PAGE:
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3-min read

Who Votes For the Oscars, and How Does the Academy Choose Winners Every Year?

We take you through the complex, sometimes confounding process that leads to the winners of the 24 Academy Awards every year.


Updated:February 24, 2019, 11:46 PM IST
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Who Votes For the Oscars, and How Does the Academy Choose Winners Every Year?
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The ballots are almost all in. Millions of television viewers around the globe will tune in Sunday to watch the Oscars, the glitziest night in showbiz, but most don't know how the winners are chosen.

Less than 8,000 people in the entertainment industry select the honorees - and Tuesday marks the final day of voting. The following is a look at the complex, sometimes confounding process that leads to the winners of the 24 Academy Awards:

Who votes?

The Academy of Motion Picture Arts and Sciences in Los Angeles currently has 7,902 voting members. Academy membership is divided into 17 branches - actors, directors, producers, costume designers, etc - and candidates must be active or otherwise have "achieved distinction" in the industry.

Applicants must be sponsored by two Academy members representing their branch. Oscar winners and nominees are automatically considered for membership and don't need sponsors.

Applications are reviewed once a year by the Academy's Board of Governors, which has the final say on who joins the elite group. Members used to enjoy voting rights for life but since 2016, "voting status" has been limited to 10 years, and is renewable, to avoid having voters who are no longer active in the business.

Lifetime voting rights only come after three 10-year terms. Those not active become "emeritus" members who cannot vote.

Who are the Academy members?

On principle, the Academy does not reveal its voting roll, though nothing prevents a member from saying he or she can cast a ballot.

Following the #OscarsSoWhite uproar in 2015 and 2016, about the lack of black nominees, the Academy has endeavored to be more inclusive, vowing to double the number of women and minority members by 2020.

In June 2018, the Academy took the unusual step of revealing the names of all 928 people invited to join. If they all agreed, 31 percent of Academy members are now women and 16 percent are people of color, according to The Hollywood Reporter.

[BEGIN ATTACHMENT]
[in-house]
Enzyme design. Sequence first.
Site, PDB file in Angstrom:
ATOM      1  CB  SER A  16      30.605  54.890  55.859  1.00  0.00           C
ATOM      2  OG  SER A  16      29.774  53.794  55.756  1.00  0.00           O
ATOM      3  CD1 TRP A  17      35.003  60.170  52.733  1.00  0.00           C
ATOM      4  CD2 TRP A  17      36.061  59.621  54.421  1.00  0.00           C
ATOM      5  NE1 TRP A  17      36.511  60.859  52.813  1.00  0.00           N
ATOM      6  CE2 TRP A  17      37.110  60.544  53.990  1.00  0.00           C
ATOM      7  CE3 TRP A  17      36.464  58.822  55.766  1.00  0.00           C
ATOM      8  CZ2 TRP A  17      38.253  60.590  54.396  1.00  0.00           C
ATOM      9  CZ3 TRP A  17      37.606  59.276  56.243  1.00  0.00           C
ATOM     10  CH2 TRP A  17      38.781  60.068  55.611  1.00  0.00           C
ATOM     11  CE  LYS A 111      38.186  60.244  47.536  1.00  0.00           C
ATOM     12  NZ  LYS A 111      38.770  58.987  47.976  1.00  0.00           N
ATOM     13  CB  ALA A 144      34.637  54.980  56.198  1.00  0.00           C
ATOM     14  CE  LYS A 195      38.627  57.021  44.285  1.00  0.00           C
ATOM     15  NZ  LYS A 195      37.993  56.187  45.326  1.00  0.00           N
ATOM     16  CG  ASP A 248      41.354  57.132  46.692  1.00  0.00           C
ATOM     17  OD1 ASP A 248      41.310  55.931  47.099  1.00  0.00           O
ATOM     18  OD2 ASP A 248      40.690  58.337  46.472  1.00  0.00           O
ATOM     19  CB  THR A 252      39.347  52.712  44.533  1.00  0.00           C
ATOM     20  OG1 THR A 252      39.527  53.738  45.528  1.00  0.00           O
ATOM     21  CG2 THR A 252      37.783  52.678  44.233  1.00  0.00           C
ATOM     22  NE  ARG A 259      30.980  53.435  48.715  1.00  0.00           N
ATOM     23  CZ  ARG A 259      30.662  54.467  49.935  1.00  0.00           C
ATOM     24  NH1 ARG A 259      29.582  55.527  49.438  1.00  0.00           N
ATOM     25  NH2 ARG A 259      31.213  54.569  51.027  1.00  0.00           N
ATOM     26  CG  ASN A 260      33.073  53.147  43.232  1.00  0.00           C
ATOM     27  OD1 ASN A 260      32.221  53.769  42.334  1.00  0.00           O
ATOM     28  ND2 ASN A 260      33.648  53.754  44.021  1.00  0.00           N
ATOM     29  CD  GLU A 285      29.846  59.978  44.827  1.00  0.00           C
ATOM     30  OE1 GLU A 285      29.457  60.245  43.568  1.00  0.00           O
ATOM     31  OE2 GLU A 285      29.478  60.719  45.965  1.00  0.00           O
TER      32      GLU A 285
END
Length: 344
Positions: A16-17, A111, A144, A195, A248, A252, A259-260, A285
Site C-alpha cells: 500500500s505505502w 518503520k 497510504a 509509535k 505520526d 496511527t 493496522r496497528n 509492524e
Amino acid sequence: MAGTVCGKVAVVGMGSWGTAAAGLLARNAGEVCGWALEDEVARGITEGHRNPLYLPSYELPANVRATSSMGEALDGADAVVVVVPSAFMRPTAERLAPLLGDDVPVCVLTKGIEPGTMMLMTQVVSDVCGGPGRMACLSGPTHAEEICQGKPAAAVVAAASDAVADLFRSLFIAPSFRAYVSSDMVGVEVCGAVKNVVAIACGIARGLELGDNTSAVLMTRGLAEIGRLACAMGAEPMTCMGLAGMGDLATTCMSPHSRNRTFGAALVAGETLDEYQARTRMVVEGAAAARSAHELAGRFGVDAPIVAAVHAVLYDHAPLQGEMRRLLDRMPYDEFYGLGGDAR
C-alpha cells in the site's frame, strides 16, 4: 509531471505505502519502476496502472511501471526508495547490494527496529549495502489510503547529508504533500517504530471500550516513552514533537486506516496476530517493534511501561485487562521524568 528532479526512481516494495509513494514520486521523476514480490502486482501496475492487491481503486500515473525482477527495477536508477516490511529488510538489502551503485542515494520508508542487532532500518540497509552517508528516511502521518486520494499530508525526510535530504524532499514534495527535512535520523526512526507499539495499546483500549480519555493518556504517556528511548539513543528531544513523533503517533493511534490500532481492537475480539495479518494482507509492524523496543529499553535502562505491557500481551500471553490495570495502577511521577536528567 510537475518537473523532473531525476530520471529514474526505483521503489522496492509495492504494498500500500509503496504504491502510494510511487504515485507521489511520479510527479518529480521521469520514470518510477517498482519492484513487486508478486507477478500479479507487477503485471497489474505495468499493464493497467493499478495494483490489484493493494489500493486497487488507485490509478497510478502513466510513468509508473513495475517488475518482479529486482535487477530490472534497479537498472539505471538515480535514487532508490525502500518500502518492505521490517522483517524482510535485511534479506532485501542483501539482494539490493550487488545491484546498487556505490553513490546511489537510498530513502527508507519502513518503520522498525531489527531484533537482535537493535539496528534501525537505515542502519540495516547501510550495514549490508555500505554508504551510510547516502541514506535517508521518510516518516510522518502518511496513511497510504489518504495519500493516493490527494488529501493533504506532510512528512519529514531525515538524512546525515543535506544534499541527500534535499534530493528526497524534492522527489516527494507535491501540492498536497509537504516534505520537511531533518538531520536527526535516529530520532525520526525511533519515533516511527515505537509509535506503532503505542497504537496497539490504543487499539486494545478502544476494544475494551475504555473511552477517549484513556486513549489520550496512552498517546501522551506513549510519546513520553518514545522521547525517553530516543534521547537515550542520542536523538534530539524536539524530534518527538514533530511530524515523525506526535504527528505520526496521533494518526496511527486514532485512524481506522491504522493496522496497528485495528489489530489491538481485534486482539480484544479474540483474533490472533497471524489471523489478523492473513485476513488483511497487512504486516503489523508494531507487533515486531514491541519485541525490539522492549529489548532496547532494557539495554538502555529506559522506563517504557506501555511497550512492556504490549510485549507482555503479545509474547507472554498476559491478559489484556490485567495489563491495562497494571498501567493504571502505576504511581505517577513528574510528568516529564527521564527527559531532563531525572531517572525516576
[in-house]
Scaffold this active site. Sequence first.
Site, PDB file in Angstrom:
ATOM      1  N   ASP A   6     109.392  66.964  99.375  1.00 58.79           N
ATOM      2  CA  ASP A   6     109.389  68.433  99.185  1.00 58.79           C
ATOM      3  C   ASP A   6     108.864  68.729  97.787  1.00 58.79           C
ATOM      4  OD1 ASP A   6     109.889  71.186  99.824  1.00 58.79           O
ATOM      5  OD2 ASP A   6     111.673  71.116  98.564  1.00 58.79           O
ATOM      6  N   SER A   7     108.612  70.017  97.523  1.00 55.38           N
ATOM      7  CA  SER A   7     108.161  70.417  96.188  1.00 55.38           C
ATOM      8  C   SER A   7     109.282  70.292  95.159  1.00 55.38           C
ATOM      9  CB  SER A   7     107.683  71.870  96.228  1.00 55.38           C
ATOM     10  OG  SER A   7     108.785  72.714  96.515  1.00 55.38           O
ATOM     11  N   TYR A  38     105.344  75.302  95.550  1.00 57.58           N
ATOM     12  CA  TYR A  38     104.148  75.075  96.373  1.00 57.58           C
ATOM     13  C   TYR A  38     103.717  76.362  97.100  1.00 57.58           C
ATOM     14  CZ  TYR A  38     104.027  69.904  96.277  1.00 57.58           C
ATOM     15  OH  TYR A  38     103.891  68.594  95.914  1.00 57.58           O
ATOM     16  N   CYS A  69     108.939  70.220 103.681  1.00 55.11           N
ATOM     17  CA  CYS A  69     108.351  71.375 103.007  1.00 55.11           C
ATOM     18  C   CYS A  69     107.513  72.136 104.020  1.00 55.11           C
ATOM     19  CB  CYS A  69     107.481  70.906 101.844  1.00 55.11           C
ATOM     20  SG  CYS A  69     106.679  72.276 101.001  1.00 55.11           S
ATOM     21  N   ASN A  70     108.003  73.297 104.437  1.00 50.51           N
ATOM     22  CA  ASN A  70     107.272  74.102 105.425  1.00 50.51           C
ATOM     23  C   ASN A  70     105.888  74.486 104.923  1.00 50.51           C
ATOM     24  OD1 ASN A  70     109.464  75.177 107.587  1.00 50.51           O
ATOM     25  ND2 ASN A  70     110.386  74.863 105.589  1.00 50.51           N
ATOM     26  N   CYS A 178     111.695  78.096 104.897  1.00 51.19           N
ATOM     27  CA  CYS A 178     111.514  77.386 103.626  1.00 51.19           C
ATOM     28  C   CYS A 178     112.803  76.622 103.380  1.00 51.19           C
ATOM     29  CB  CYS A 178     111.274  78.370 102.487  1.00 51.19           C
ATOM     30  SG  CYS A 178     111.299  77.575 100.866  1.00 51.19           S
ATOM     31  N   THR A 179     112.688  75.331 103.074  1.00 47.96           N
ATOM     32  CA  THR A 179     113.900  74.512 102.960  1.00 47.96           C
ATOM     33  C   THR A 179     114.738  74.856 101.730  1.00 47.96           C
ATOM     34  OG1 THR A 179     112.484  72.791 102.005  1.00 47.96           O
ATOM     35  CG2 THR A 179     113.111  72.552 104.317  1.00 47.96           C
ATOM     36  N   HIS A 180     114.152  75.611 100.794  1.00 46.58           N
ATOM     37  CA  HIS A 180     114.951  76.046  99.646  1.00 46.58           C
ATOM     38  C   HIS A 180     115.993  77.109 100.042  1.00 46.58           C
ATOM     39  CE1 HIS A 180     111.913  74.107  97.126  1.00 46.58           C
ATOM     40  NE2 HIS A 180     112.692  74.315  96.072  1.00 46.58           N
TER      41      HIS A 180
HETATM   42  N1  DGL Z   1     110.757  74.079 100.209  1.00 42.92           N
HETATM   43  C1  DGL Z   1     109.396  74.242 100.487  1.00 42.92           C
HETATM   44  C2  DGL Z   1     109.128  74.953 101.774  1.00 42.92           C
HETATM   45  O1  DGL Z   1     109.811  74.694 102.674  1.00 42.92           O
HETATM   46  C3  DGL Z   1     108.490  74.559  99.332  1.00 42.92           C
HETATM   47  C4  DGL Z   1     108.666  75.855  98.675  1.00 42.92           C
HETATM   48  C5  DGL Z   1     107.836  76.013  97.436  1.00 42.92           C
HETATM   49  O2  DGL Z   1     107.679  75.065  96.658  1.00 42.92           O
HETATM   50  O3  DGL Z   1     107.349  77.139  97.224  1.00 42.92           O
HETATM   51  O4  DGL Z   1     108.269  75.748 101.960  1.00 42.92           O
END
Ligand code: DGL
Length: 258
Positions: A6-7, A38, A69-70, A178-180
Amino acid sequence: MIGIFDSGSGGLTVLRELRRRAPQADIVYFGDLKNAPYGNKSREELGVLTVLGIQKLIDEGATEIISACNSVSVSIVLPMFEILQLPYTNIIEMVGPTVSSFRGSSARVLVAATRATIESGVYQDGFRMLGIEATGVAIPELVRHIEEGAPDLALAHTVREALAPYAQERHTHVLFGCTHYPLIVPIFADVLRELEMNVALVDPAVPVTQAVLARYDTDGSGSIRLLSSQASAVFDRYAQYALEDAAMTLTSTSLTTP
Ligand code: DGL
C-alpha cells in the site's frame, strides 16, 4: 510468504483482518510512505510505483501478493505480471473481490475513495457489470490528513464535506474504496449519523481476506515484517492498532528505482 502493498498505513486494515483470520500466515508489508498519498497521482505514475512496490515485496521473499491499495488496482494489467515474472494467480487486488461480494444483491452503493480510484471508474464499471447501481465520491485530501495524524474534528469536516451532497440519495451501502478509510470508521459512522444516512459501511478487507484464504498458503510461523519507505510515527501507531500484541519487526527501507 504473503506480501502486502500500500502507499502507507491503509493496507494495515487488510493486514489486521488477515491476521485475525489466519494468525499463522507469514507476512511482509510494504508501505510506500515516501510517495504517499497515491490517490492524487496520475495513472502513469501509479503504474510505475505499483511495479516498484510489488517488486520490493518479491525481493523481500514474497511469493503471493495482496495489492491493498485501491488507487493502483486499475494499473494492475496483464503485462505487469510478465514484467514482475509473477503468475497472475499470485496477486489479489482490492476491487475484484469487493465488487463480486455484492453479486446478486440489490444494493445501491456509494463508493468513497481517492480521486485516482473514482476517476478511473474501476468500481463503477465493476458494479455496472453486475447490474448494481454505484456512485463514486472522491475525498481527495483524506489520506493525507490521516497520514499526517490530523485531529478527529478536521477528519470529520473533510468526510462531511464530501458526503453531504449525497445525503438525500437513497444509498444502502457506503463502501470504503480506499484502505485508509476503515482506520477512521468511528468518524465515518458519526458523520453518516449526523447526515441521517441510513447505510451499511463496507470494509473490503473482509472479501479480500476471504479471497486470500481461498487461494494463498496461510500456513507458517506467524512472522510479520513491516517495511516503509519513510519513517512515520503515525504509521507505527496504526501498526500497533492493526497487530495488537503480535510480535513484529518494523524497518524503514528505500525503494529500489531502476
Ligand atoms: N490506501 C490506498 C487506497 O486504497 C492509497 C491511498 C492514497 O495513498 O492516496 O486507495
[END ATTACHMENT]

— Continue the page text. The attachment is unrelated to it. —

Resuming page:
How are the nominees chosen?

Members of each of the 17 branches pick the nominees in their area of expertise. The actors' branch - the largest voting group - submits nominations for the acting categories, directors submit nominations for best director, and so on.

Nominations for certain awards, like for best foreign language film and best animated feature, are chosen by special committees. The entire membership votes to choose the nominees for best picture.

How are the winners chosen?

All voting members choose the winners. In 23 of 24 categories, the person with the most votes is the winner. But when it comes to the coveted best picture award, the Oscar voters have since 2009 used a complicated preferential ballot system in which they rank the films from most favorite to least favorite.

Anywhere from five to 10 nominees can be chosen: this year, eight films are in contention. If one film garners more than 50 percent of the vote outright, it automatically wins.

Otherwise, accounting firm PricewaterhouseCoopers uses an instant-runoff voting system that ensures that the film that enjoys the widest consensus among Academy voters wins.

That means the count begins by eliminating the film that received the lowest number of first-place votes and redistributing those ballots to those voters' second choice.

The process of elimination continues until there is one film left with more than 50 percent of the vote. "The idea of the preferential ballot is to reflect the wishes of the greatest number of voters," explained Ric Robertson, who was the Academy's chief operating officer in 2009 when the process changed.

"Otherwise you might end up with a movie that, say, 25 percent of the people love and the rest can't stand," he told the Los Angeles Times.

"This way, hopefully, you have a winner that most people can live with."

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